Designing a Data Investigation

milkimagesIn Sally’s case 4 with 1st graders, the children begin to notice that the data from the morning’s question is not matching up with the representation taking place when forming two lines of students – yes or no line for milk.  The teacher and Sally Ask the students questions to help them figure out how to solve this issue.  They also approach the two students whose responses are in question and help them talk out the question and their answer.  The importance of formulating a specific question that can be addressed with data is being discussed.  The children questioning the data are not criticizing the other two students but rather trying to make the connection between the information recorded on the survey board and the accuracy of their representations.  And, one child is discussing his interpretation of the question and trying to qualify his answer.  It is embarrassing for the two children because they do not want to be “wrong” and certainly don’t want to be singled out.  These two issues are connected because they illustrate the need to have a specific measurable question that everyone can agree upon.  The purpose of connecting the data collection to the question/purpose is significant; students are learning to really consider the connections of the purpose of the investigation and the question design process.  Specifically, they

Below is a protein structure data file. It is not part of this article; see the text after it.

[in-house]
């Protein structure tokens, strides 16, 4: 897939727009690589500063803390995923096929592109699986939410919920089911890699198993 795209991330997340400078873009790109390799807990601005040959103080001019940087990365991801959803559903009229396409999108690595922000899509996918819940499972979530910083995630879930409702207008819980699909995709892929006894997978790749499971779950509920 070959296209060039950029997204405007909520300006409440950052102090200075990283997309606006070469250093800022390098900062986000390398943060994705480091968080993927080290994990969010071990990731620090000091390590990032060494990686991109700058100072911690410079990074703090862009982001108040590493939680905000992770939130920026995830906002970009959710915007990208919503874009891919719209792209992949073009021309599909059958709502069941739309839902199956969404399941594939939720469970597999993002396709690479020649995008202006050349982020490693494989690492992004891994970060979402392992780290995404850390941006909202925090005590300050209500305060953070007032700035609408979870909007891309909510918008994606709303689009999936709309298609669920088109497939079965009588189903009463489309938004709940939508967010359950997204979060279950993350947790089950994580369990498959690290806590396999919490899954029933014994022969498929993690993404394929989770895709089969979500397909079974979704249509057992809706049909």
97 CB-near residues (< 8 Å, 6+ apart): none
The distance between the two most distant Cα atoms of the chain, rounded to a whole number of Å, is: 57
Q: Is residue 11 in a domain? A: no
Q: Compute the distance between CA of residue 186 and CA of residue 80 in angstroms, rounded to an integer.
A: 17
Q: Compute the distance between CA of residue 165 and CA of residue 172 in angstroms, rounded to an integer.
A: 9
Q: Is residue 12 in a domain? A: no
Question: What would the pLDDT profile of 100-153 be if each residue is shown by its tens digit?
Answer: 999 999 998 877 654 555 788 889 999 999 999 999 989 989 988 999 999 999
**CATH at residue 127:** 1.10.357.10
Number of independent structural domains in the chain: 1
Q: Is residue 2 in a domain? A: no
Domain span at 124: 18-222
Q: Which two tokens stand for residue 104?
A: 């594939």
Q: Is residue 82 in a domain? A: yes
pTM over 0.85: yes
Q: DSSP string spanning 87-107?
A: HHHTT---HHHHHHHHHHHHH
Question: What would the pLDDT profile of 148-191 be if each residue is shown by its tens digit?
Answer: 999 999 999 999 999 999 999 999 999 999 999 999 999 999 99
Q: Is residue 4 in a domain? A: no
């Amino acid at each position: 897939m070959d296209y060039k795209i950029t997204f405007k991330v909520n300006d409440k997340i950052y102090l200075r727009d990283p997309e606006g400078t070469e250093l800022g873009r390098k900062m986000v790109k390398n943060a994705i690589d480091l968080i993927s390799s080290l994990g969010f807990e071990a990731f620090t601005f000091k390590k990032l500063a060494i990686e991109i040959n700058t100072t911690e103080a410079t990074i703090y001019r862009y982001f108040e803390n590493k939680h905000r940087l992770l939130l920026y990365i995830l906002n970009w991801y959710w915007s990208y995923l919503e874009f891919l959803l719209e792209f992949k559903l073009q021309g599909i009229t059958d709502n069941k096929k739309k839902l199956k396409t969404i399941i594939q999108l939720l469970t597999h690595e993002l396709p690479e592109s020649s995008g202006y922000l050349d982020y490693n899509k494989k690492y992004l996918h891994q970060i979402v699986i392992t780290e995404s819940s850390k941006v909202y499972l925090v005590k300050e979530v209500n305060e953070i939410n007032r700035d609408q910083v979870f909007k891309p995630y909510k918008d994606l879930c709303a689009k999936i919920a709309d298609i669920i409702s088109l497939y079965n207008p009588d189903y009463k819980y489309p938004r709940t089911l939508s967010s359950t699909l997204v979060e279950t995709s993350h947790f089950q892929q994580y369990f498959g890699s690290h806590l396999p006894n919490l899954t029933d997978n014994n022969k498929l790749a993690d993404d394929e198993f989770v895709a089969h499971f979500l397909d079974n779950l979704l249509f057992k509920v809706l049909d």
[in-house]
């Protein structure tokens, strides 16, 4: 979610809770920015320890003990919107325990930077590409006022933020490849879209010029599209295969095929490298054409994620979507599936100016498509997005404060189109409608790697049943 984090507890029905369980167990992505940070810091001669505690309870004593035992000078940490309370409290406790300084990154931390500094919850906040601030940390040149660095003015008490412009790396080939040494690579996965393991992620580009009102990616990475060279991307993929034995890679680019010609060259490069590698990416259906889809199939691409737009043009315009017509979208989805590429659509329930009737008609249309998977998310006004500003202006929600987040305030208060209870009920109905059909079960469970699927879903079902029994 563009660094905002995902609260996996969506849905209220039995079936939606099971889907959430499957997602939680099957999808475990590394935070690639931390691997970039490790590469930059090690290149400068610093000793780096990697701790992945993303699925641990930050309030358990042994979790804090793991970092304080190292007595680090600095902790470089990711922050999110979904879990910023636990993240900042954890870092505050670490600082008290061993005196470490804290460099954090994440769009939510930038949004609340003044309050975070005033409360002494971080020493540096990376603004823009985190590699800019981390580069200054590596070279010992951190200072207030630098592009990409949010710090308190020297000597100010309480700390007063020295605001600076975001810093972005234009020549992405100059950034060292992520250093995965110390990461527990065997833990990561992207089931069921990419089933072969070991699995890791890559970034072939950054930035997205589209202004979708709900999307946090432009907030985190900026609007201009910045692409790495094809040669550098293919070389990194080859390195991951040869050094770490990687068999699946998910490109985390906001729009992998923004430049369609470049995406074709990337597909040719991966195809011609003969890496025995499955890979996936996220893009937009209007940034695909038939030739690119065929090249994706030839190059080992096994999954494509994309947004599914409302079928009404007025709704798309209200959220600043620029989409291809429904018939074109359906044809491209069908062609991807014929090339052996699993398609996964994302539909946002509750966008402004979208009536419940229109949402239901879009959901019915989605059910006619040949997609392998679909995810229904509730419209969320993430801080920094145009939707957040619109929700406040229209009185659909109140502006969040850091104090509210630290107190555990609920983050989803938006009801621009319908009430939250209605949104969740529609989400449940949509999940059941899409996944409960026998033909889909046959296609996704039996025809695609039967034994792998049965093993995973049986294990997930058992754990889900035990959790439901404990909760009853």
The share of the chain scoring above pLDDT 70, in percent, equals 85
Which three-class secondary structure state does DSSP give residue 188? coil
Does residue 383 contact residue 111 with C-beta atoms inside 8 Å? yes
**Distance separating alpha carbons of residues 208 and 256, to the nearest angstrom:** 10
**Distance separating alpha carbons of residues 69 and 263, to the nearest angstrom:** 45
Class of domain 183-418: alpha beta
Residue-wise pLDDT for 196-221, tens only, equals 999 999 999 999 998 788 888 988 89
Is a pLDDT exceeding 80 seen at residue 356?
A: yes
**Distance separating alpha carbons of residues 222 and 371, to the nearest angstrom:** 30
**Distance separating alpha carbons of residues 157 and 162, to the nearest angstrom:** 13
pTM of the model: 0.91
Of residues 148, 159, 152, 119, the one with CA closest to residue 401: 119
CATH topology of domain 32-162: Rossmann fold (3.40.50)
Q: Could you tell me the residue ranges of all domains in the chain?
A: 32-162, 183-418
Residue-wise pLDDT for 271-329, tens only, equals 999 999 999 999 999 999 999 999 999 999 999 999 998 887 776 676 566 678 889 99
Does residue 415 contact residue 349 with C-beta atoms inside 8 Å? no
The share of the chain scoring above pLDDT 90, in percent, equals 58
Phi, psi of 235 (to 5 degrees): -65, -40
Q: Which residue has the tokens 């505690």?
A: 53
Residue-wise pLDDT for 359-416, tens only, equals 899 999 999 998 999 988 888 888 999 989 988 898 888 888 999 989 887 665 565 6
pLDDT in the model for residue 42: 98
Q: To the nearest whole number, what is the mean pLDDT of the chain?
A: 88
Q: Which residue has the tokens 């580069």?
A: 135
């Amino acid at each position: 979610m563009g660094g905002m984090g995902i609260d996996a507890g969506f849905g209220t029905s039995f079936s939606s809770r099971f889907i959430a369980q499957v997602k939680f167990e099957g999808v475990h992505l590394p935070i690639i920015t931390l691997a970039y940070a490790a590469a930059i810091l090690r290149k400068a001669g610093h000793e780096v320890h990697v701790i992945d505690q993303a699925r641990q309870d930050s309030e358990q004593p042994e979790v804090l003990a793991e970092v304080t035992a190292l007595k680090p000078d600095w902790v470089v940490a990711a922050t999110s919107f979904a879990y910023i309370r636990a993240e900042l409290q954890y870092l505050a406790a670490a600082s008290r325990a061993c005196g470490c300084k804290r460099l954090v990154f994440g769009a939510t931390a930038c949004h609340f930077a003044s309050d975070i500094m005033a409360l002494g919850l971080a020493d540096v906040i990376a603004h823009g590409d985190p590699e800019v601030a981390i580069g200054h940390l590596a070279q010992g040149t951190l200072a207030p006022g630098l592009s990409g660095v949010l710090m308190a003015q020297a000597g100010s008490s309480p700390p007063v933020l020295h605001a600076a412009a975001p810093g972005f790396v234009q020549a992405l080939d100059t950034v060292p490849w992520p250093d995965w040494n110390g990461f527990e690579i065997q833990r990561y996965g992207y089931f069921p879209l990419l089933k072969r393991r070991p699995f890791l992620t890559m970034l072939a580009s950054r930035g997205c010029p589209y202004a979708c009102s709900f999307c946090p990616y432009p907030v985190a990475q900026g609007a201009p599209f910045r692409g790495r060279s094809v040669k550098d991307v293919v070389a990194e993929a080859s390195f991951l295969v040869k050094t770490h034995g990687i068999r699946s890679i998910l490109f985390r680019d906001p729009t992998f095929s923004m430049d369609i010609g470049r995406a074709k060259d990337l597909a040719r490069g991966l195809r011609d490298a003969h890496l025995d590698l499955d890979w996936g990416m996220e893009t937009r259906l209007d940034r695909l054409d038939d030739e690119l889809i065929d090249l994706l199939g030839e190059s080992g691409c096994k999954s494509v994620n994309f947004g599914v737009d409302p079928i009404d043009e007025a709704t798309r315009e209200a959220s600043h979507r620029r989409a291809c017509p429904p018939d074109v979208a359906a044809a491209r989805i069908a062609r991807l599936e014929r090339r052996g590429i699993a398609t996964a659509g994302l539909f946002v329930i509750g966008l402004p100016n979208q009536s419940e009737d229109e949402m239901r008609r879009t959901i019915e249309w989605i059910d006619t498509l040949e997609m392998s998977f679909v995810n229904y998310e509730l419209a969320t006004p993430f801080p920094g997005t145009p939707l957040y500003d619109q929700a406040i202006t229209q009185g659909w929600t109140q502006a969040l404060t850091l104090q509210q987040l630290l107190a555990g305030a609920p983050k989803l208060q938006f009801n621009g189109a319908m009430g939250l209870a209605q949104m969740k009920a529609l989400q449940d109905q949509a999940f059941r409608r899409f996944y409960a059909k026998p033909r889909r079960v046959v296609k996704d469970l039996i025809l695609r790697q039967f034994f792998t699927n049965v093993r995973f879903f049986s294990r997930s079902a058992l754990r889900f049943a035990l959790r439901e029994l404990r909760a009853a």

In Andrea’s case 6 with 2nd grade, the first two questions began a very broad questions and as the students discussed their trouble with interpretation, the question became more defined.  You could certainly word the questions in different ways to get different results depending on your specific questions.  I’m not absolutely sure what information Natasha wanted from the class; but she knew and just couldn’t find the words within her vocabulary and communication skills to verbalize this.  She wanted people to have a much stronger connection with visiting a state than just passing through or even just staying for a brief visit but couldn’t put her criteria into specific words.  She was not happy that she and Keith finally settled on asking students “How many states have you ever set foot in?”  This was not the information that Natasha cared about or was most interested in obtaining.

Katie, the author poses a very good question; as teachers, how do we help someone like Natasha reach a more agreeable outcome?  What can we do to help students create a specific question to generate certain information?  We want them to develop this skill, so do we just guide with questions or questions that lead in a specific direction?

 

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One thought on “Designing a Data Investigation

  1. One thing that I noticed, in the case with Natasha and Keith, is that the teacher doesn’t ask Natasha what it is that she’s trying to ask. Now, Natasha may not even know what she’s trying to ask but, her reaction at the end would indicate that she had some clue but didn’t get her way. I think, in this situation, the teacher needed to step in and ask what child wanted and hint in the direction of some questions that could be agreed upon by both student. I think, all in all, guiding questions will always lead somewhere, whether it’s where the student is suppose to go or not. If we see that a student is unable to use these methods of guidance or winds up in a completely different direction, then we should actively lead them in a specific direction.

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